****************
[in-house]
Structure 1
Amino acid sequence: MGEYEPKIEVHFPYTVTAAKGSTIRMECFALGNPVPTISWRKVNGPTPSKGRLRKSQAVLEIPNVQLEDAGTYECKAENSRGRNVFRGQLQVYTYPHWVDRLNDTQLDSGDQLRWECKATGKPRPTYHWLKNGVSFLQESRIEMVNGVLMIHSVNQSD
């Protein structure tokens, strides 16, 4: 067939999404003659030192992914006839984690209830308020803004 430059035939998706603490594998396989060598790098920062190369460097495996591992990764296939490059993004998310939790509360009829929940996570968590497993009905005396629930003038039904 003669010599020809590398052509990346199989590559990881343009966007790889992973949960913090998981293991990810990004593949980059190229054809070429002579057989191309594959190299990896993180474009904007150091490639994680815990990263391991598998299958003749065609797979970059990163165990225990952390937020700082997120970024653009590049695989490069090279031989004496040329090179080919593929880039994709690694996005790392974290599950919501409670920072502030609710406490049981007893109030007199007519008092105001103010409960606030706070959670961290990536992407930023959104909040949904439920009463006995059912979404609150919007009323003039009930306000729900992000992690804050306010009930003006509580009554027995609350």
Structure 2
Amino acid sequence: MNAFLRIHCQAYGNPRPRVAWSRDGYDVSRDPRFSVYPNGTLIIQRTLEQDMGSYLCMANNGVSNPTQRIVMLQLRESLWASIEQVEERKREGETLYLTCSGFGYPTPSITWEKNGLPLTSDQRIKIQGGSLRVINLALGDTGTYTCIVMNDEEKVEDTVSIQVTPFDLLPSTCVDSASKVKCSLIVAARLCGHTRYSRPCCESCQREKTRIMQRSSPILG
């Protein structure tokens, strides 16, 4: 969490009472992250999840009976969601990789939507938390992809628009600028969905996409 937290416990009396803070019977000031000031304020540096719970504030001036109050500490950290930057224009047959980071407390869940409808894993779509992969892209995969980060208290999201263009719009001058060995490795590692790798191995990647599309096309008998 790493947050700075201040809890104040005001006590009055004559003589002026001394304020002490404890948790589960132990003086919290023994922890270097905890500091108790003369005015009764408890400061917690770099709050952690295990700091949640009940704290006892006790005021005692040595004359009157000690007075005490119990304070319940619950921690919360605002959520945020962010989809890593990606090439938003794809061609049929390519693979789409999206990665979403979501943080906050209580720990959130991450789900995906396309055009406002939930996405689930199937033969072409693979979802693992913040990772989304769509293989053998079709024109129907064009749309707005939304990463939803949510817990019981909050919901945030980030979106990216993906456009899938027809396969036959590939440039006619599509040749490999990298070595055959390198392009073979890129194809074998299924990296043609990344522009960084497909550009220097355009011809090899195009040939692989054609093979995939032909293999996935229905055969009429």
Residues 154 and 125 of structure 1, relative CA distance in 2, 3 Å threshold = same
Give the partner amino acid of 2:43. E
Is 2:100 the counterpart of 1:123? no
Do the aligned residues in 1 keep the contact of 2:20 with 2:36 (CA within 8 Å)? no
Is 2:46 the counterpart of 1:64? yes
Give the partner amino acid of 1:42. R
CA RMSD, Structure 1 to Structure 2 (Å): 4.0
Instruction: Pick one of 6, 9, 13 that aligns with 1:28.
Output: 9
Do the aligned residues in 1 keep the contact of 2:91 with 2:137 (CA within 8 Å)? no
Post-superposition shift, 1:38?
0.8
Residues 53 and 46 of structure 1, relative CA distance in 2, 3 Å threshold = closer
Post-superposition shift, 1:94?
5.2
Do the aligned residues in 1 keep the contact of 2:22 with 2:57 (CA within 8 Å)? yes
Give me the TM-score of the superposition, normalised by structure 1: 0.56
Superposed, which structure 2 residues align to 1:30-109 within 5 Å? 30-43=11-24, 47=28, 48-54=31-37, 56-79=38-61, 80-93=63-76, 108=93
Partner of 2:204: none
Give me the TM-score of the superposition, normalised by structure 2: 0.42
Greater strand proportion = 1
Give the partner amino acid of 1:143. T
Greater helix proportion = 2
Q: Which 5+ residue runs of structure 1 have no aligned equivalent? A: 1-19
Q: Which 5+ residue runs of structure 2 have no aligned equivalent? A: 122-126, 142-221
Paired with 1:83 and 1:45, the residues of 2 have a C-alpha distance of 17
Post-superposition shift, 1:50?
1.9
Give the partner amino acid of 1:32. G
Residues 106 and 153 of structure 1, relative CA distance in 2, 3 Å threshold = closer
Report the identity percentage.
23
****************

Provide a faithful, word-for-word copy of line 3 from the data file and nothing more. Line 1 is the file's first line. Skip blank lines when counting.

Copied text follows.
Amino acid sequence: MGEYEPKIEVHFPYTVTAAKGSTIRMECFALGNPVPTISWRKVNGPTPSKGRLRKSQAVLEIPNVQLEDAGTYECKAENSRGRNVFRGQLQVYTYPHWVDRLNDTQLDSGDQLRWECKATGKPRPTYHWLKNGVSFLQESRIEMVNGVLMIHSVNQSD